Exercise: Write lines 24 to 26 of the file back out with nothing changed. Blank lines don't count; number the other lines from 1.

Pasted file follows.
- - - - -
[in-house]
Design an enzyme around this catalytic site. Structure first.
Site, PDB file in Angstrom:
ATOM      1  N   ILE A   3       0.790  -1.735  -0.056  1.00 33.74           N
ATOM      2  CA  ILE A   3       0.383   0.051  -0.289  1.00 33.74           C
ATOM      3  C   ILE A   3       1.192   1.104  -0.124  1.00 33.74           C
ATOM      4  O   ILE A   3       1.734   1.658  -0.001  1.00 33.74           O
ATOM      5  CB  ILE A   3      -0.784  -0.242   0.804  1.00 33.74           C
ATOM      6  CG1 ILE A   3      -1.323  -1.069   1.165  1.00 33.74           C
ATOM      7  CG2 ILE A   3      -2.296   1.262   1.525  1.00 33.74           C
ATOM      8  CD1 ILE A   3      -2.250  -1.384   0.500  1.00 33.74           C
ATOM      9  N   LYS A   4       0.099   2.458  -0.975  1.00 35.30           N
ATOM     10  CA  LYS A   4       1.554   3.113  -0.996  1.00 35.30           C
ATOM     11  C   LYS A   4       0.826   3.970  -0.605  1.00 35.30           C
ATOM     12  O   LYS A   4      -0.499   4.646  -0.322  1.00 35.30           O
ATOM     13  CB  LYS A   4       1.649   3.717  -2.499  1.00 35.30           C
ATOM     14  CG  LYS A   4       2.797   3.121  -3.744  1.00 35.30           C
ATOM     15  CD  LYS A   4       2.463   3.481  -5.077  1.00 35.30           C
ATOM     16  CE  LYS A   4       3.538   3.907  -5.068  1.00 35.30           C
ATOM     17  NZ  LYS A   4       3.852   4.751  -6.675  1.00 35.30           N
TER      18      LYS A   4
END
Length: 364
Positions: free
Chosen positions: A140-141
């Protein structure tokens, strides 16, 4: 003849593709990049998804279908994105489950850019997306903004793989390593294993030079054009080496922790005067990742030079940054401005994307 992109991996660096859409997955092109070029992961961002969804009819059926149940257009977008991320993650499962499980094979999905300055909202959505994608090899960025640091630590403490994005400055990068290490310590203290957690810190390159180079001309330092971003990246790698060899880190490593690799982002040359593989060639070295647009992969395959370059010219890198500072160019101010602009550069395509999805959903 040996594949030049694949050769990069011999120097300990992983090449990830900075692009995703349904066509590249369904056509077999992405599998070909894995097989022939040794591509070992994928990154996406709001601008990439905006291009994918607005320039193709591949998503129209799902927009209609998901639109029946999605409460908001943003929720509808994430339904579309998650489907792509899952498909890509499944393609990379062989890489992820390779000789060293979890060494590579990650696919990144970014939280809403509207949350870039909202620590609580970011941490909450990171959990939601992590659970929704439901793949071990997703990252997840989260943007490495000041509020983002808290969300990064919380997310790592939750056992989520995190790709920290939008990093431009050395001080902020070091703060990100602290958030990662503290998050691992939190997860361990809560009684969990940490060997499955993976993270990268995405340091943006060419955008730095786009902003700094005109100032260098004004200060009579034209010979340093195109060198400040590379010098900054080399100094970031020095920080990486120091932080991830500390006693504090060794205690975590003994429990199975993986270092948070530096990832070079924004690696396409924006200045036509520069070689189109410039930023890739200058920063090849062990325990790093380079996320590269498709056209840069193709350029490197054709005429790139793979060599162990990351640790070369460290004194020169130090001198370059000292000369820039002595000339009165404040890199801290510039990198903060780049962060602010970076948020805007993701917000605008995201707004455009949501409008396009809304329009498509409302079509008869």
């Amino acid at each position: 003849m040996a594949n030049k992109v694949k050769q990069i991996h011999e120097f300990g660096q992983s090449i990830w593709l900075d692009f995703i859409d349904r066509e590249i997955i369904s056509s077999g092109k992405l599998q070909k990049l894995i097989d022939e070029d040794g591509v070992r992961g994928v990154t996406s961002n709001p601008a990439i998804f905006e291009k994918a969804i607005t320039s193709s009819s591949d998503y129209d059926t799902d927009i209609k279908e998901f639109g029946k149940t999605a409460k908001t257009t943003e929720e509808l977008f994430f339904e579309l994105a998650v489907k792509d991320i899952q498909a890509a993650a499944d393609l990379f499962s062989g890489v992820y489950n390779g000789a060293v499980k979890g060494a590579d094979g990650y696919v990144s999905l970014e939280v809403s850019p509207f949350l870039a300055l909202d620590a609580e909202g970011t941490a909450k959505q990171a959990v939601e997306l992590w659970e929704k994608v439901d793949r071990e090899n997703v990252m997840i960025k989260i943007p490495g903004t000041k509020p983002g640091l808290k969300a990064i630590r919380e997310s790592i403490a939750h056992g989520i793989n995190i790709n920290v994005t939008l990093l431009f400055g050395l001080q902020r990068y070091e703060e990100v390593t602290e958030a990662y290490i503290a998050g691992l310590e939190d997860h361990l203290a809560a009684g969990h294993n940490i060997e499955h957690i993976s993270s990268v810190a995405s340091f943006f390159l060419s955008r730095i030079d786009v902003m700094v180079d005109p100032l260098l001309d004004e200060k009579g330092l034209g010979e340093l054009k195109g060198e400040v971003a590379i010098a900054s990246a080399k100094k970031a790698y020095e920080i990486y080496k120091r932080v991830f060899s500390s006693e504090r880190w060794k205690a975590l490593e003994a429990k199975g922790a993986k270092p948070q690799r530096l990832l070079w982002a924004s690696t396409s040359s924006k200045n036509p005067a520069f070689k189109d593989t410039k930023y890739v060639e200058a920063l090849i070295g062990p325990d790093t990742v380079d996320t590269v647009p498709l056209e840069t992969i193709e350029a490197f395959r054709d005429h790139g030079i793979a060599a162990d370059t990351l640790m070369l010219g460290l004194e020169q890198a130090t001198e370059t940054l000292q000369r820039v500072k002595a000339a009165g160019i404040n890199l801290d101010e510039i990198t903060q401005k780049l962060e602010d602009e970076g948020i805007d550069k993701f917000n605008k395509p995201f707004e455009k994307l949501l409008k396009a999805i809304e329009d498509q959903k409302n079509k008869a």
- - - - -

Positions: free
Chosen positions: A140-141
């Protein structure tokens, strides 16, 4: 003849593709990049998804279908994105489950850019997306903004793989390593294993030079054009080496922790005067990742030079940054401005994307 992109991996660096859409997955092109070029992961961002969804009819059926149940257009977008991320993650499962499980094979999905300055909202959505994608090899960025640091630590403490994005400055990068290490310590203290957690810190390159180079001309330092971003990246790698060899880190490593690799982002040359593989060639070295647009992969395959370059010219890198500072160019101010602009550069395509999805959903 040996594949030049694949050769990069011999120097300990992983090449990830900075692009995703349904066509590249369904056509077999992405599998070909894995097989022939040794591509070992994928990154996406709001601008990439905006291009994918607005320039193709591949998503129209799902927009209609998901639109029946999605409460908001943003929720509808994430339904579309998650489907792509899952498909890509499944393609990379062989890489992820390779000789060293979890060494590579990650696919990144970014939280809403509207949350870039909202620590609580970011941490909450990171959990939601992590659970929704439901793949071990997703990252997840989260943007490495000041509020983002808290969300990064919380997310790592939750056992989520995190790709920290939008990093431009050395001080902020070091703060990100602290958030990662503290998050691992939190997860361990809560009684969990940490060997499955993976993270990268995405340091943006060419955008730095786009902003700094005109100032260098004004200060009579034209010979340093195109060198400040590379010098900054080399100094970031020095920080990486120091932080991830500390006693504090060794205690975590003994429990199975993986270092948070530096990832070079924004690696396409924006200045036509520069070689189109410039930023890739200058920063090849062990325990790093380079996320590269498709056209840069193709350029490197054709005429790139793979060599162990990351640790070369460290004194020169130090001198370059000292000369820039002595000339009165404040890199801290510039990198903060780049962060602010970076948020805007993701917000605008995201707004455009949501409008396009809304329009498509409302079509008869």